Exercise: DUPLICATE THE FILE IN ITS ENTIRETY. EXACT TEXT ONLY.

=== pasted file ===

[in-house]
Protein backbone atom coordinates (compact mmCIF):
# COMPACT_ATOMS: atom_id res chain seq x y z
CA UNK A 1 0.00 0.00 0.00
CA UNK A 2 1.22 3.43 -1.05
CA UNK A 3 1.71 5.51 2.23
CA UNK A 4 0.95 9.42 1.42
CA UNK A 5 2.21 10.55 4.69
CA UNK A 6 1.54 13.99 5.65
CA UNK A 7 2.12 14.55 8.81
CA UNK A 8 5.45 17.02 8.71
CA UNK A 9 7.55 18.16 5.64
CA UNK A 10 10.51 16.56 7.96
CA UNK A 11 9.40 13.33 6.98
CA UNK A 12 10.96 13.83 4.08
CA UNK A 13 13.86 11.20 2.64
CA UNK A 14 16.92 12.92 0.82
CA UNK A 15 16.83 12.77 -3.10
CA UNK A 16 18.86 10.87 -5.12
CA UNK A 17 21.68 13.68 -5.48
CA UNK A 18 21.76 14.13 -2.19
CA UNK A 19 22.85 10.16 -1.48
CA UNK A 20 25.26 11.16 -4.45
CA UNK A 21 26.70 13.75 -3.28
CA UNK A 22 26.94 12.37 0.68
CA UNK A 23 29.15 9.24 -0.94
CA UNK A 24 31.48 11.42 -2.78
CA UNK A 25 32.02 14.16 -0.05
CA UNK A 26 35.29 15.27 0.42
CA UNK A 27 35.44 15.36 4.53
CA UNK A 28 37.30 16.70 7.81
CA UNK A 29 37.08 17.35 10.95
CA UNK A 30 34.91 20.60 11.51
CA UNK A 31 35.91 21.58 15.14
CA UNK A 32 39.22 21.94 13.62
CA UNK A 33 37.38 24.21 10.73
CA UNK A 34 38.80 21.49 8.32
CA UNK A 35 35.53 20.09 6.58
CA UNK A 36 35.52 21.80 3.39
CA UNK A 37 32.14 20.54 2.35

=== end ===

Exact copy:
[in-house]
Protein backbone atom coordinates (compact mmCIF):
# COMPACT_ATOMS: atom_id res chain seq x y z
CA UNK A 1 0.00 0.00 0.00
CA UNK A 2 1.22 3.43 -1.05
CA UNK A 3 1.71 5.51 2.23
CA UNK A 4 0.95 9.42 1.42
CA UNK A 5 2.21 10.55 4.69
CA UNK A 6 1.54 13.99 5.65
CA UNK A 7 2.12 14.55 8.81
CA UNK A 8 5.45 17.02 8.71
CA UNK A 9 7.55 18.16 5.64
CA UNK A 10 10.51 16.56 7.96
CA UNK A 11 9.40 13.33 6.98
CA UNK A 12 10.96 13.83 4.08
CA UNK A 13 13.86 11.20 2.64
CA UNK A 14 16.92 12.92 0.82
CA UNK A 15 16.83 12.77 -3.10
CA UNK A 16 18.86 10.87 -5.12
CA UNK A 17 21.68 13.68 -5.48
CA UNK A 18 21.76 14.13 -2.19
CA UNK A 19 22.85 10.16 -1.48
CA UNK A 20 25.26 11.16 -4.45
CA UNK A 21 26.70 13.75 -3.28
CA UNK A 22 26.94 12.37 0.68
CA UNK A 23 29.15 9.24 -0.94
CA UNK A 24 31.48 11.42 -2.78
CA UNK A 25 32.02 14.16 -0.05
CA UNK A 26 35.29 15.27 0.42
CA UNK A 27 35.44 15.36 4.53
CA UNK A 28 37.30 16.70 7.81
CA UNK A 29 37.08 17.35 10.95
CA UNK A 30 34.91 20.60 11.51
CA UNK A 31 35.91 21.58 15.14
CA UNK A 32 39.22 21.94 13.62
CA UNK A 33 37.38 24.21 10.73
CA UNK A 34 38.80 21.49 8.32
CA UNK A 35 35.53 20.09 6.58
CA UNK A 36 35.52 21.80 3.39
CA UNK A 37 32.14 20.54 2.35